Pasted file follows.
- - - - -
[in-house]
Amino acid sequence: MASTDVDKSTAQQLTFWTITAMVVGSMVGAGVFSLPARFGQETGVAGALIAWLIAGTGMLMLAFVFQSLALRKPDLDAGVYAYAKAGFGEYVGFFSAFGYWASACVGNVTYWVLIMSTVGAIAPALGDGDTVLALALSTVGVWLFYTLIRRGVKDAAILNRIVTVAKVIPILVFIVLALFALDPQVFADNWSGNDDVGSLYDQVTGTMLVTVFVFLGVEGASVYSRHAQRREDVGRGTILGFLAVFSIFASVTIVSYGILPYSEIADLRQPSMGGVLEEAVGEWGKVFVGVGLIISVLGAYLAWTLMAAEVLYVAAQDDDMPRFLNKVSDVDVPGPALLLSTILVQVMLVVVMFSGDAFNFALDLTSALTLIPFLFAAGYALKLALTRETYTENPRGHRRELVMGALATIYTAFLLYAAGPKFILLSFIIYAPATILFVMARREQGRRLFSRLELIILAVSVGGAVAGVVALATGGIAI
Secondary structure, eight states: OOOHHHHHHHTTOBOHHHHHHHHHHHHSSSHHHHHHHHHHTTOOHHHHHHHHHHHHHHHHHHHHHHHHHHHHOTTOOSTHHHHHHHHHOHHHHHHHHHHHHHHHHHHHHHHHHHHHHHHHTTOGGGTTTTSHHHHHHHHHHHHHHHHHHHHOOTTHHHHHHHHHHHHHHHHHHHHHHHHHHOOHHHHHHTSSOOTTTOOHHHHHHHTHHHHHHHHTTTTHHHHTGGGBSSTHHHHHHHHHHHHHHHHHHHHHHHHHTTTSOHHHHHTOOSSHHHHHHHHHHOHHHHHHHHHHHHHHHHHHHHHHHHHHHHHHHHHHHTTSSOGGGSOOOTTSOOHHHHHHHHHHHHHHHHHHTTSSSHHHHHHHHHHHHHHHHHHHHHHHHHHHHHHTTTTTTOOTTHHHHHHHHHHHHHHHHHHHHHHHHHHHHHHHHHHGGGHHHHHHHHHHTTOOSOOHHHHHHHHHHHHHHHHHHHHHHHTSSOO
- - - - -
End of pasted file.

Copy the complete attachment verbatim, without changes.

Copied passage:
[in-house]
Amino acid sequence: MASTDVDKSTAQQLTFWTITAMVVGSMVGAGVFSLPARFGQETGVAGALIAWLIAGTGMLMLAFVFQSLALRKPDLDAGVYAYAKAGFGEYVGFFSAFGYWASACVGNVTYWVLIMSTVGAIAPALGDGDTVLALALSTVGVWLFYTLIRRGVKDAAILNRIVTVAKVIPILVFIVLALFALDPQVFADNWSGNDDVGSLYDQVTGTMLVTVFVFLGVEGASVYSRHAQRREDVGRGTILGFLAVFSIFASVTIVSYGILPYSEIADLRQPSMGGVLEEAVGEWGKVFVGVGLIISVLGAYLAWTLMAAEVLYVAAQDDDMPRFLNKVSDVDVPGPALLLSTILVQVMLVVVMFSGDAFNFALDLTSALTLIPFLFAAGYALKLALTRETYTENPRGHRRELVMGALATIYTAFLLYAAGPKFILLSFIIYAPATILFVMARREQGRRLFSRLELIILAVSVGGAVAGVVALATGGIAI
Secondary structure, eight states: OOOHHHHHHHTTOBOHHHHHHHHHHHHSSSHHHHHHHHHHTTOOHHHHHHHHHHHHHHHHHHHHHHHHHHHHOTTOOSTHHHHHHHHHOHHHHHHHHHHHHHHHHHHHHHHHHHHHHHHHTTOGGGTTTTSHHHHHHHHHHHHHHHHHHHHOOTTHHHHHHHHHHHHHHHHHHHHHHHHHHOOHHHHHHTSSOOTTTOOHHHHHHHTHHHHHHHHTTTTHHHHTGGGBSSTHHHHHHHHHHHHHHHHHHHHHHHHHTTTSOHHHHHTOOSSHHHHHHHHHHOHHHHHHHHHHHHHHHHHHHHHHHHHHHHHHHHHHHTTSSOGGGSOOOTTSOOHHHHHHHHHHHHHHHHHHTTSSSHHHHHHHHHHHHHHHHHHHHHHHHHHHHHHTTTTTTOOTTHHHHHHHHHHHHHHHHHHHHHHHHHHHHHHHHHHGGGHHHHHHHHHHTTOOSOOHHHHHHHHHHHHHHHHHHHHHHHTSSOO